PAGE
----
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For all of his support for international terrorism, it was Libya that bore the brunt of Qaddafi’s ruthlessness. Despite boasting Africa’s largest oil reserves, Libya’s population lived in poverty, with a lower standard of living than any other major oil producer. Oil revenue instead went to prop up Qaddafi’s massive police state and to finance a personal militia to enforce his power. With any and all opposition suppressed, prisons teemed with the ever-expanding ranks of Qaddafi’s enemies.
In one such prison were sown the seeds of Qaddafi’s downfall. In 1996, Qaddafi ordered the massacre of 1,200 inmates held in Tripoli’s Abu Salem prison. Like many of his other injustices, it was never forgotten. Last spring, the relatives of those killed in the 1996 massacre led some of the initial protests in the rebel city of Benghazi. As the anti-Qaddafi insurgency gained force, Benghazi became ground zero for the rebel resistance.
With Qaddafi now dead, the rebels have finally achieved their main objective. But while there is little to regret in the death of a coldblooded tyrant, it is not clear that Libya’s worst days are behind it. The power vacuum left by Qaddafi has been filled with ancient hatreds. Numerous reports have chronicled attacks by rebel fighters on Libya’s black African minority, including summary arrests and mass executions of black men. Although at least some of the attacks were driven by false rumors that black men were mercenaries for Qaddafi, racism appears to be the real motivation. One rebel militiaman quoted amidst the fighting put it bluntly: “Libyan people don’t like people with dark skins.” Racism existed during Qaddafi’s reign, of course, but with the collapse his police state what little protection black Africans may have enjoyed is now gone.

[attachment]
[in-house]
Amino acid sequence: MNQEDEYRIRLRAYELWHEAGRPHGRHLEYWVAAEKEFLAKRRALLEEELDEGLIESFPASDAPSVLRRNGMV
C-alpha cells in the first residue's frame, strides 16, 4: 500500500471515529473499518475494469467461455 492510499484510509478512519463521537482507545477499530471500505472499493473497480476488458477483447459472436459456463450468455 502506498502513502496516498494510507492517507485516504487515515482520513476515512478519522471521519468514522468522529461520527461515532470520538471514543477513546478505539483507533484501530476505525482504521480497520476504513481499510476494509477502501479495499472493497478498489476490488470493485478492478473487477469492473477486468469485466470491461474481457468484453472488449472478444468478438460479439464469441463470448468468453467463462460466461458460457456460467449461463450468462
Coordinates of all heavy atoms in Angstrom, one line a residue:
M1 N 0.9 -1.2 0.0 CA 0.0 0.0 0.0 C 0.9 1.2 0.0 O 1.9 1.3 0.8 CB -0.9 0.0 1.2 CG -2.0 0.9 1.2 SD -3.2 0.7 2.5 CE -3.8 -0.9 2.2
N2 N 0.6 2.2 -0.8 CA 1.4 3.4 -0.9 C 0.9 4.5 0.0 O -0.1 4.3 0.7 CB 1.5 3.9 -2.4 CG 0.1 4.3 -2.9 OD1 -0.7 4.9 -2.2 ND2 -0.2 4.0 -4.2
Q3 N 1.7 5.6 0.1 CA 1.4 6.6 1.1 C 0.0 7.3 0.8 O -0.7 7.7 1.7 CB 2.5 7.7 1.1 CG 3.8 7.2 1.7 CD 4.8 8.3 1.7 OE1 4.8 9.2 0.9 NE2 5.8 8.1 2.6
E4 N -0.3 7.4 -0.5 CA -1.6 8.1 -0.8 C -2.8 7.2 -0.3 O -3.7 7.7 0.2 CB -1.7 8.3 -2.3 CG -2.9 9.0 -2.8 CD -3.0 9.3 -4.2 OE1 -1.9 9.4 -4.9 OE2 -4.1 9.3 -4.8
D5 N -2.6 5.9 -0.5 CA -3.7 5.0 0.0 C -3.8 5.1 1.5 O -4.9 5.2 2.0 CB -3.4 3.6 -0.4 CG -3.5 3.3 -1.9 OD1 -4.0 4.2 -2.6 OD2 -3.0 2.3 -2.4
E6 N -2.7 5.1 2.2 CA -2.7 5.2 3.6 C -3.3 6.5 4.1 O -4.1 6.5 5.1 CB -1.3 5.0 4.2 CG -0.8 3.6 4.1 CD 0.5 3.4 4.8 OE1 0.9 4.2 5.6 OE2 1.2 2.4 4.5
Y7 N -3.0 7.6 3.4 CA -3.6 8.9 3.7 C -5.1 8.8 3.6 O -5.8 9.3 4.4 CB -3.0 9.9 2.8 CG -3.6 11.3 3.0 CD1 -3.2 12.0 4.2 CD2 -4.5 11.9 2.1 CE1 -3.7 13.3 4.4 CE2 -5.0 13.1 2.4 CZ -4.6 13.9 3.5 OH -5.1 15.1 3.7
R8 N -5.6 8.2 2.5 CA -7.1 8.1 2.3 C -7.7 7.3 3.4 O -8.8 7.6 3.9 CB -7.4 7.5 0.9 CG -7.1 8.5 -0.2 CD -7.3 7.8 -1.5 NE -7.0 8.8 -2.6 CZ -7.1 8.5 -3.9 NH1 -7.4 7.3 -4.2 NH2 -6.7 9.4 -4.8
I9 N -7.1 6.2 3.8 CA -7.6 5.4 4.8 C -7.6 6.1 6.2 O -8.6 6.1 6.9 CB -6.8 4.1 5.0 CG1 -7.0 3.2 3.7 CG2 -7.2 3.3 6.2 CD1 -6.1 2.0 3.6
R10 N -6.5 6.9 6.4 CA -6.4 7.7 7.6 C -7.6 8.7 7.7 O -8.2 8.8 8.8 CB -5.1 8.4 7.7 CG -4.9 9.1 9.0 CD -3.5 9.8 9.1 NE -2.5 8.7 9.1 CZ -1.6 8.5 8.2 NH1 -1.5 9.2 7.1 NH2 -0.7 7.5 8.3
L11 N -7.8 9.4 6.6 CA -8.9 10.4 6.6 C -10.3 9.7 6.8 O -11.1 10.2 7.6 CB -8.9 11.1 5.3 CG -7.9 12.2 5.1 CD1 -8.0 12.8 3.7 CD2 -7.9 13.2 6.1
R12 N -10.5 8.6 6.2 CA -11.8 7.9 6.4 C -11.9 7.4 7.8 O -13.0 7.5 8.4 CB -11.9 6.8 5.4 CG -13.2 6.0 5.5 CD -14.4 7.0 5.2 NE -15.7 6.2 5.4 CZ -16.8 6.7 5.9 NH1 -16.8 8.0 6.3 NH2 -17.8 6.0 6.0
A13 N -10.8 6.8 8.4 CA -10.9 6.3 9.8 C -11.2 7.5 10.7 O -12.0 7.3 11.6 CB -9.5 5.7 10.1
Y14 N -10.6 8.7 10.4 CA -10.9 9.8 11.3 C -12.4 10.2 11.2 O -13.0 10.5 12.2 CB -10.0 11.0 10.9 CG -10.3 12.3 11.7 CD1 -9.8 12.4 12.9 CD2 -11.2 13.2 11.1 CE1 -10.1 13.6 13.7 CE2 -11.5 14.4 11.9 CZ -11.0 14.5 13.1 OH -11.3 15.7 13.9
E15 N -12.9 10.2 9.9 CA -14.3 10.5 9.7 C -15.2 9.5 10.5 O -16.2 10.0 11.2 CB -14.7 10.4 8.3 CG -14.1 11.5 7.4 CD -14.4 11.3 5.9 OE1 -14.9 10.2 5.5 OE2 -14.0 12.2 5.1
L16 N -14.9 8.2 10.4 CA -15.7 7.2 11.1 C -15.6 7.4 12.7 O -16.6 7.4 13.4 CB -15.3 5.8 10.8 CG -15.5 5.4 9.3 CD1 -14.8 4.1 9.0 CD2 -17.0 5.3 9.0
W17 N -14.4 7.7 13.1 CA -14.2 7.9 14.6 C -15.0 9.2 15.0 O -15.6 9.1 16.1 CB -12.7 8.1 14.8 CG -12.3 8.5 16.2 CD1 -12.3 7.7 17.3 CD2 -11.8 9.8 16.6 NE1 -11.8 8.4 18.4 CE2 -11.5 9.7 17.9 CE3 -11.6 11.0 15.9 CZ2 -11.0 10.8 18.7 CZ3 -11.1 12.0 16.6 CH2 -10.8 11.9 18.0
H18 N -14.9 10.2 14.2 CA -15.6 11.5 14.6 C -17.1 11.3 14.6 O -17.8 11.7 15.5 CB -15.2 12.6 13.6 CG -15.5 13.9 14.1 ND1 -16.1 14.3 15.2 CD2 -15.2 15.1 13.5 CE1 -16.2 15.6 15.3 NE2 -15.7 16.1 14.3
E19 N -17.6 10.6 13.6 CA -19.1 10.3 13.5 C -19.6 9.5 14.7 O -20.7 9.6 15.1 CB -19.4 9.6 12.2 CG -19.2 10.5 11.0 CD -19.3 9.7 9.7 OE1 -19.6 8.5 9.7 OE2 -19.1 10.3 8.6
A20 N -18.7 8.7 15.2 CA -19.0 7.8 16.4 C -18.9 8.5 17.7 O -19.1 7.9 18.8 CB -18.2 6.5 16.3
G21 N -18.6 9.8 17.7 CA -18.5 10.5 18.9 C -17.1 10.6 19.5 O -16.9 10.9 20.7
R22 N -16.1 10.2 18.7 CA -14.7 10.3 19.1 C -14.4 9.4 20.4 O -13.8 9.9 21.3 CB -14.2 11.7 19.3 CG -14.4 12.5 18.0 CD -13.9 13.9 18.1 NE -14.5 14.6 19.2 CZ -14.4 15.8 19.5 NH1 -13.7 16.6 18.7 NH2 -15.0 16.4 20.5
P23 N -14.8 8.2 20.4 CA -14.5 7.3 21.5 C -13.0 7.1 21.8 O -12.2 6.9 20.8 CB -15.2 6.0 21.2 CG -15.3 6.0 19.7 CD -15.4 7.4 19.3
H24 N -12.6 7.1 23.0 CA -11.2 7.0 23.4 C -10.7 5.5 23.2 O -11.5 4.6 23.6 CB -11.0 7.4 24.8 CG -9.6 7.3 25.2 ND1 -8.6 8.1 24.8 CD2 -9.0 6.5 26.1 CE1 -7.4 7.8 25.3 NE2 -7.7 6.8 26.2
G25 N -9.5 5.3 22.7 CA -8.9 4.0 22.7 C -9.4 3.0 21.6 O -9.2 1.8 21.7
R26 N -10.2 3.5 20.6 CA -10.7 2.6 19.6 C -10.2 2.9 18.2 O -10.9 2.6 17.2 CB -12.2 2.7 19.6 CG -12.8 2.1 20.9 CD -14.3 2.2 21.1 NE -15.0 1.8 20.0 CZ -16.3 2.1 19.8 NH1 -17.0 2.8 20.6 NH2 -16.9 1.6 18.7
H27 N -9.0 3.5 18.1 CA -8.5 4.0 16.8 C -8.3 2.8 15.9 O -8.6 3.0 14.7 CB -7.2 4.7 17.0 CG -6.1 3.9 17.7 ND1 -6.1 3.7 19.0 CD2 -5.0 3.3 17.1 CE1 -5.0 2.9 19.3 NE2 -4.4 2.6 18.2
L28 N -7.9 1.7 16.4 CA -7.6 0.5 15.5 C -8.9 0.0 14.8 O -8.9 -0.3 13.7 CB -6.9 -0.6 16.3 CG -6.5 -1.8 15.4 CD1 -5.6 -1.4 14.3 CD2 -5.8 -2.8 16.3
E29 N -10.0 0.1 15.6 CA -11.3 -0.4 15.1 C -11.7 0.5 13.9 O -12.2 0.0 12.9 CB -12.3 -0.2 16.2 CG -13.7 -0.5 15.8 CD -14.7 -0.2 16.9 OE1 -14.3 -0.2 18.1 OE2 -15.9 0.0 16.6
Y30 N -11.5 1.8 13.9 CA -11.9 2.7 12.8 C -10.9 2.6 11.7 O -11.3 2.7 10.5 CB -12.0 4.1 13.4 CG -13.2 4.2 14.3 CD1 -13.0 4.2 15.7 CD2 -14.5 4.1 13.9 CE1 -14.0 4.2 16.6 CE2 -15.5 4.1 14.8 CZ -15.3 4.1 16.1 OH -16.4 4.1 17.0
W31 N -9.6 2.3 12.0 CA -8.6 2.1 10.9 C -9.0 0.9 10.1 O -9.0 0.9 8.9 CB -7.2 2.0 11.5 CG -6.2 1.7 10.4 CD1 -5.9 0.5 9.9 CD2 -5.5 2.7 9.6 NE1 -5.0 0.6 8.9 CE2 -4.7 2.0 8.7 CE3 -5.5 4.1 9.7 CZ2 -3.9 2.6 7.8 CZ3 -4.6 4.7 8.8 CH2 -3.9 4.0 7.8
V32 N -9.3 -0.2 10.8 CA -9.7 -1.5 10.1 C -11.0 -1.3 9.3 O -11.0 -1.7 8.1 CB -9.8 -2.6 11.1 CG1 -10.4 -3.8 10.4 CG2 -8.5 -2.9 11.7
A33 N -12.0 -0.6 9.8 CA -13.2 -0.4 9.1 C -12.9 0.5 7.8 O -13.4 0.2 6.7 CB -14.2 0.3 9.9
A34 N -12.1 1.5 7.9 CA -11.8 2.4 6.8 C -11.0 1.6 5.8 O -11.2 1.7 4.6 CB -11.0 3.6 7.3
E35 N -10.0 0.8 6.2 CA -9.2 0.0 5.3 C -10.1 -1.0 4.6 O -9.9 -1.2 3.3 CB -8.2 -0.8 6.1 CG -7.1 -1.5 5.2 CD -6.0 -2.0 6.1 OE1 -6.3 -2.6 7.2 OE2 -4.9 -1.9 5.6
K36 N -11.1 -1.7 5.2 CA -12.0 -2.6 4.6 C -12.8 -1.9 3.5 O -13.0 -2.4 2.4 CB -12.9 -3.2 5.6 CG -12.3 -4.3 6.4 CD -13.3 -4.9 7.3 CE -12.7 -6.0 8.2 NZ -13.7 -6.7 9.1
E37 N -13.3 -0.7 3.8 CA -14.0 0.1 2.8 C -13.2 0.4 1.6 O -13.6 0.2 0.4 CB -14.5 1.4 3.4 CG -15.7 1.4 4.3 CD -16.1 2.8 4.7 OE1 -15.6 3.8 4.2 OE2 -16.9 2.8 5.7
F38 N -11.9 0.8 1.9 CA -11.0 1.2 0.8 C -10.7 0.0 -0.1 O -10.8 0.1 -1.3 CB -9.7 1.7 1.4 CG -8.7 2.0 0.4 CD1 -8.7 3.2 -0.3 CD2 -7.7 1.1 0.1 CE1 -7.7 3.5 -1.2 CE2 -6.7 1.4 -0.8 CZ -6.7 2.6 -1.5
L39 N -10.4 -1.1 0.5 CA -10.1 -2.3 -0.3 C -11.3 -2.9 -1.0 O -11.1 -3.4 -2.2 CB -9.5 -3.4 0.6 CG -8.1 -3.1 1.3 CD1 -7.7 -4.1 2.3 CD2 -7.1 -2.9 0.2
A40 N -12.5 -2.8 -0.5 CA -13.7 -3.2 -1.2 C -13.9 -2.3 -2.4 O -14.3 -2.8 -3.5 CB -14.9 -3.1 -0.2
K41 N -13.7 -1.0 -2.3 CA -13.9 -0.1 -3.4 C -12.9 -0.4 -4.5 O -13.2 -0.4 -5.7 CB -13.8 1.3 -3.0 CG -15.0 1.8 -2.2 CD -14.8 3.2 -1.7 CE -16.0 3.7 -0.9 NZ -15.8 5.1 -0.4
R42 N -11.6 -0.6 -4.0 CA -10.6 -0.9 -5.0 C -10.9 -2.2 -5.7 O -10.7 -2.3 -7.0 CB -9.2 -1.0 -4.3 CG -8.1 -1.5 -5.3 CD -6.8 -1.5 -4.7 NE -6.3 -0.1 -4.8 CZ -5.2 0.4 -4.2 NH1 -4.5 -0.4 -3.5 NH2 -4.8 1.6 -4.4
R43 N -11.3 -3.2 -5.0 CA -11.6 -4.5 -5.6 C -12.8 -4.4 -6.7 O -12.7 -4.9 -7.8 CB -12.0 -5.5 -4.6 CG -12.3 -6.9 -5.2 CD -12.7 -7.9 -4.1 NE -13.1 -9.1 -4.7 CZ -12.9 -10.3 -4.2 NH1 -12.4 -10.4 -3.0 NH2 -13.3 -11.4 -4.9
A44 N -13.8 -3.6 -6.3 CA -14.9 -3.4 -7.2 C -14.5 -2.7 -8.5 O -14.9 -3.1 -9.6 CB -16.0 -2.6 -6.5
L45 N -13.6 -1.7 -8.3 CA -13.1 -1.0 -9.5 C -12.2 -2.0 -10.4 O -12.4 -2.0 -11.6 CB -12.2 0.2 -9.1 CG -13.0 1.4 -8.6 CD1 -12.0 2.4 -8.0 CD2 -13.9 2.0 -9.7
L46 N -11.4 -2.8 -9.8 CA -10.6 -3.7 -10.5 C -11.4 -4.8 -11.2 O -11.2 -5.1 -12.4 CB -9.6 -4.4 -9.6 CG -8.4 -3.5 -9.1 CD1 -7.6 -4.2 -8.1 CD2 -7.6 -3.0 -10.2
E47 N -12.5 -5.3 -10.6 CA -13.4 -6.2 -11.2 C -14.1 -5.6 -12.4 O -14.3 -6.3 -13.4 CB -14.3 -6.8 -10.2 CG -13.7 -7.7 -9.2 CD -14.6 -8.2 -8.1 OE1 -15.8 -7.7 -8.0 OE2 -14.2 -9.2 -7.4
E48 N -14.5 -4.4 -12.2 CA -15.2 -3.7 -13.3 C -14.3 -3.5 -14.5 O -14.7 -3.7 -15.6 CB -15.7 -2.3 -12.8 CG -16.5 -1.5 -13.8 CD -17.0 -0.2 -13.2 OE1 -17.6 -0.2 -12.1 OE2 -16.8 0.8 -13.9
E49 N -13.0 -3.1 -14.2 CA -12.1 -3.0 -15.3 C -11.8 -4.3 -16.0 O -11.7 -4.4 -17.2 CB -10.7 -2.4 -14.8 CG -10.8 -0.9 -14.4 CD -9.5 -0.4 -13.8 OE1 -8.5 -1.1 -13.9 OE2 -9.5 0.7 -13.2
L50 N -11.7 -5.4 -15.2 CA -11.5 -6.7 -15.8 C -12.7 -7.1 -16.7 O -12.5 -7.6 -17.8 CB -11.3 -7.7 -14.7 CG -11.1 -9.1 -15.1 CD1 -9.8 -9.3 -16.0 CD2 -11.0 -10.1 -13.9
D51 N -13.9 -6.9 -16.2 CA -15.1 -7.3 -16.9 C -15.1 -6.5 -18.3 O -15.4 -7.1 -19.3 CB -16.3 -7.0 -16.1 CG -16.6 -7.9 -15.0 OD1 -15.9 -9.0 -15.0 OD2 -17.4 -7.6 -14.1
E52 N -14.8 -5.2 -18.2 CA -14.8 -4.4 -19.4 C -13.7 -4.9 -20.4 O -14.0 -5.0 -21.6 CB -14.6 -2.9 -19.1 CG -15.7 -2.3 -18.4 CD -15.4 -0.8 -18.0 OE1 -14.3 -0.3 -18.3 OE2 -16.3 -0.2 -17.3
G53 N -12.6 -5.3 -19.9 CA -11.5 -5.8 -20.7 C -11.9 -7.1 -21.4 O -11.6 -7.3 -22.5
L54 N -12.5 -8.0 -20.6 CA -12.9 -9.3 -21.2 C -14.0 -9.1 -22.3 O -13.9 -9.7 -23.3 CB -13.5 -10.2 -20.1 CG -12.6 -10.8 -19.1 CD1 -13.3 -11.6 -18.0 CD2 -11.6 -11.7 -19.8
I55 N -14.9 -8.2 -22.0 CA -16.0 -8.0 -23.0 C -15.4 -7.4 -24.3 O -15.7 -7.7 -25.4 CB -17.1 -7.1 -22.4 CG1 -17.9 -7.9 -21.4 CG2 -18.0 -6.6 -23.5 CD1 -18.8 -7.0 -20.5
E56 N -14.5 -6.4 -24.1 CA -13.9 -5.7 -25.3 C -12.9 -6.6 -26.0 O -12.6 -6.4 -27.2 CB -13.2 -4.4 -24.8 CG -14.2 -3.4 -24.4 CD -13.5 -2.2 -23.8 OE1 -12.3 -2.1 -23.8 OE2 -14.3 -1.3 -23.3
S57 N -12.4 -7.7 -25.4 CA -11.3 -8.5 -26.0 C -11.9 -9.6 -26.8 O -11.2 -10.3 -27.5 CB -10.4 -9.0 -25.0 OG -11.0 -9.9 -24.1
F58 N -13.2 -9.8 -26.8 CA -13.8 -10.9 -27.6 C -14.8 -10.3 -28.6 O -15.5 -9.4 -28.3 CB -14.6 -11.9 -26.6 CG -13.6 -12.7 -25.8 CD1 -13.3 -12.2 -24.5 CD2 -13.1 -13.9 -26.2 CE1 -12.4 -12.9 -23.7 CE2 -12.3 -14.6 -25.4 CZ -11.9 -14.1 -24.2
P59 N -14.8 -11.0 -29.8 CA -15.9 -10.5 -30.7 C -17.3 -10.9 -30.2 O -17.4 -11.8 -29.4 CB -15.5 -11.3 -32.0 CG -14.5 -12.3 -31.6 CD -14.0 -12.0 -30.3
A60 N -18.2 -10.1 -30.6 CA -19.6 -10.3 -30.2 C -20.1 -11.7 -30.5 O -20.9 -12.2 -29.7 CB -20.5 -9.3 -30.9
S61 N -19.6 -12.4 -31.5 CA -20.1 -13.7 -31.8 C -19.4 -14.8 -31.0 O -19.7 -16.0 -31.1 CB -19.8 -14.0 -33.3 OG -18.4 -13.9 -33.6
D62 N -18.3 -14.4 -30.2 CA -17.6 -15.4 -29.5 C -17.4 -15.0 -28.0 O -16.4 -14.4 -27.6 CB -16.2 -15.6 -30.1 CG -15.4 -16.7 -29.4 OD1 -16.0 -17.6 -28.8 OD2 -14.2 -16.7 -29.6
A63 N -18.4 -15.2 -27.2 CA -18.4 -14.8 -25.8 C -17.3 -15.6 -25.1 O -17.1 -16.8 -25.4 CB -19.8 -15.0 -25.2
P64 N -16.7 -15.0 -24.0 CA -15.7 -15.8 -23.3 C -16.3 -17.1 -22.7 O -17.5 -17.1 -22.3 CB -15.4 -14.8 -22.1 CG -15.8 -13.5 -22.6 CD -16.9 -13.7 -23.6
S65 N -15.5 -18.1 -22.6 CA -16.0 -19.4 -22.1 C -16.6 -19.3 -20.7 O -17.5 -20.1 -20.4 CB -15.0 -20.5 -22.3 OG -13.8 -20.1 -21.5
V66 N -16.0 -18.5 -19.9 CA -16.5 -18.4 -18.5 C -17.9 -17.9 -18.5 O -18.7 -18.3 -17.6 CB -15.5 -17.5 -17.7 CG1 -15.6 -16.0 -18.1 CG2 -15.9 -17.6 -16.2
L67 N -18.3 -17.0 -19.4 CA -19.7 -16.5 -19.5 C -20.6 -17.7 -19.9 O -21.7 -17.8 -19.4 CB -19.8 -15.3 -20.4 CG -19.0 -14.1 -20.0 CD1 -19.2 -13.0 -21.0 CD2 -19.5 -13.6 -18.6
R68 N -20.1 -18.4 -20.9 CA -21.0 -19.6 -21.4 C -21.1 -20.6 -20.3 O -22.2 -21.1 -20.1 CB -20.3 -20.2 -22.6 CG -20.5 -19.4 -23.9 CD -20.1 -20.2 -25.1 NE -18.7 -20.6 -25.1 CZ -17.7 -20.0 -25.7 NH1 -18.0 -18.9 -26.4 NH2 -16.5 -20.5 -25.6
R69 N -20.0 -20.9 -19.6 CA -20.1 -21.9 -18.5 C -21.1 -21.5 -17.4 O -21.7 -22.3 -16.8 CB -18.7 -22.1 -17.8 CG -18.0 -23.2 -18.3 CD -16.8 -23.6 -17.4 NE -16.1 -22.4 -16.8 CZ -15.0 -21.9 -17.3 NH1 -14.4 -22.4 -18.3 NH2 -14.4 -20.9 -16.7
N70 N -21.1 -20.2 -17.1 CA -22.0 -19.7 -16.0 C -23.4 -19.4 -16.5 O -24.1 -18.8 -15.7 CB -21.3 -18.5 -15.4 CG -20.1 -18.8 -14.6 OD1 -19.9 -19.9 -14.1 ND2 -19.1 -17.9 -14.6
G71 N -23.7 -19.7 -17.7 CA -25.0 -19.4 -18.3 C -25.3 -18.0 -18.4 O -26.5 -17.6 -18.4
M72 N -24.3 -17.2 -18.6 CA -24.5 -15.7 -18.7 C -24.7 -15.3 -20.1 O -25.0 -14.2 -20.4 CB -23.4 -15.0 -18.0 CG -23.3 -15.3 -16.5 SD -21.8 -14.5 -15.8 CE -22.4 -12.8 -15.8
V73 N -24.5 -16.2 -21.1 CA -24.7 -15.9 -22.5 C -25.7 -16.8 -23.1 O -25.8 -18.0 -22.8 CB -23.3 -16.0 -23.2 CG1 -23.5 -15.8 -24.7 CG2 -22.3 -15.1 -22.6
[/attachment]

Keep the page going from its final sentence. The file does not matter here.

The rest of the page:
Anti-Semitism has also been prevalent among the rebels. Graffiti that has appeared in Libya in recent months has caricatured Qaddafi as a Jew, and anti-Jewish and anti-Israel motifs have been a staple of rebel propaganda. Those few Jewish exiles who have returned to Libya following Qaddafi’s ouster have found the country no more hospitable to their presence than when he still ruled.
The manifestation of these prejudices is all the more troubling because it has been accompanied by the rise of militant and extremist Islam that risks jeopardizing hard-won liberation. It is no longer news that many of the commanders who led the rebels had ties to Islamic terrorists, including the Libyan Islamic Fighting Group, a jihadist affiliate of al-Qaeda and the Taliban. But with Qaddafi out of the way the Islamists have a real chance to assert their political power. Already Islamist clerics have branded the transitional government as “worse than Qaddafi” because they deem it insufficiently Islamic. Those are ominous signs. As the new political factions sort themselves out, the nightmare scenario for post-Qaddafi Libya is that the monstrous regime of the deceased dictator may still be replaced by something even worse.
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